It’s inevitable. The price of electricity will increase drastically in 2023. The question now is to know to what extent this increase in prices will impact the cost of recharging an electric car.
As you may know, the price of electricity will inevitably increase in 2023, and there are several reasons for this. The war in Ukraine is obviously one of the first factors. In addition to the decline in Russian gas exports to European countries, it will also be necessary to deal with the shutdown of the Zaporizhia nuclear power plant, one of the most productive sites in the world in terms of electricity.
In France, the shutdown of many reactors decreed by EDF for renovation will also have a considerable impact on the price of electricity in 2023. On August 26, we also learned that the electricity prices on the wholesale markets (where energy suppliers get their supplies) exploded.
The price of MWh explodes on the wholesale markets
In France, the megawatt hour has risen to 1000 €, against only €85 in 2021 at the same period. Nevertheless, and thanks to the tariff shield applied by the government, electricity prices for individuals only increased by 4% in 2022, instead of 35.4% without this measure.
According to Bruno LeMaire, the Minister of the Economy, this cap will also be maintained at 4% until the end of 2022. However, we already know that this protection will not be repeated in 2023. In fact, and as specialist Nicolas Goldberg of Columbus Consulting explains, we can expect an increase in regulated prices of between 30 and 40%.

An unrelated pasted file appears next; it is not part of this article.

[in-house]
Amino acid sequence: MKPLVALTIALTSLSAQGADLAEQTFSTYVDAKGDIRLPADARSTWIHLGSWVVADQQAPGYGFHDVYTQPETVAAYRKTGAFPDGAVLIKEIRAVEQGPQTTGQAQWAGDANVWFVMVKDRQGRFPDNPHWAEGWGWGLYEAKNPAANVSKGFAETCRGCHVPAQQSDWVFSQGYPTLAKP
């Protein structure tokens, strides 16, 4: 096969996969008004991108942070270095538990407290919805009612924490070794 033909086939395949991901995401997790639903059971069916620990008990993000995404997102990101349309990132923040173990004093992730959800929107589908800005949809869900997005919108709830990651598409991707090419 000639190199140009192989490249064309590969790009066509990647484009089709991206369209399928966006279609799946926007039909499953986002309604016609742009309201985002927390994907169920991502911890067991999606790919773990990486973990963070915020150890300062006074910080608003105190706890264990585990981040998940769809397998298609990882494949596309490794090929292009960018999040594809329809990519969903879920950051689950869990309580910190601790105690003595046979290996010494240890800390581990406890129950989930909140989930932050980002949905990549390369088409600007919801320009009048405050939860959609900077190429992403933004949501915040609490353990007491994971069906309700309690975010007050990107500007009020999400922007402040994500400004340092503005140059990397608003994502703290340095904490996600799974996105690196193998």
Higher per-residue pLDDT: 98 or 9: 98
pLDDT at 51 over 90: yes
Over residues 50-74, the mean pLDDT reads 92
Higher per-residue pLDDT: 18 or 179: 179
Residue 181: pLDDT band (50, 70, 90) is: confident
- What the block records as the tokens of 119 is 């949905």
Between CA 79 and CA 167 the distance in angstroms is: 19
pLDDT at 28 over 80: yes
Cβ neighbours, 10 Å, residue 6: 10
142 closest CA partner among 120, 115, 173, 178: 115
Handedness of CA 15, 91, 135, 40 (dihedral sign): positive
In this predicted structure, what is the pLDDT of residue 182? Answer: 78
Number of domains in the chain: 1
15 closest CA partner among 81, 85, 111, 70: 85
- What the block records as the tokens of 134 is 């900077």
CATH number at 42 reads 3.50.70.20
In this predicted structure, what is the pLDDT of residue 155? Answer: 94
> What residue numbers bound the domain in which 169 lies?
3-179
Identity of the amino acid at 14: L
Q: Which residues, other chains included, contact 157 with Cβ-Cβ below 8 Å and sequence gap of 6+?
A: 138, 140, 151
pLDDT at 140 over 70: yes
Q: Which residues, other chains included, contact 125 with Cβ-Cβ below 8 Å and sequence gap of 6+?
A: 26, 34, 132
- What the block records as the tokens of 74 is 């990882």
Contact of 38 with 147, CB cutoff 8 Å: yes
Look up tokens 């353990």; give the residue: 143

On this point, Bruno LeMaire tried to be reassuring, arguing that these increases will be “contained” between 10 and 20%. Either way, this will represent a significant increase in the electricity bill for individuals. And unsurprisingly, electric car owners will have to adapt to this new realityin particular for recharging their vehicle.
Also read: Electric cars – drivers denounce the dismal state of charging stations
If the price of electricity increases, so does the cost of charging
If you are part of the majority, namely those who recharge their vehicle at home, it will be better to opt for off-peak hours. If you are a customer of a traditional supplier like EDF, the tariffs are regulated, which therefore avoids excessive price increases.
On the other hand, if you are a customer of an alternative energy supplier, the situation can quickly turn sour. Indeed, these structures mostly buy energy on the wholesale markets, and as said before, the price per megawatt hour has never been so high. Unless you signed for an offer indexed to regulated tariffsit will be necessary to check the conditions of the contract and find out about the purchase price of electricity and the future increases envisaged by your supplier to avoid unpleasant surprises.
Another important point, the price of recharging will necessarily increase at terminals with public access. For good reason, the price is set directly by the service provider such as Tesla, Allego or ChargeMap. In fact, an increase in the cost of recharging is inevitable to compensate for the explosion in the price of energy. Tesla is already regularly increasing prices on its Supercharger stations, while Allego has confirmed a sharp price increase as of September 1, with a price set at €0.50/kWh instead of 0.40 on AC terminals .
Source : Capital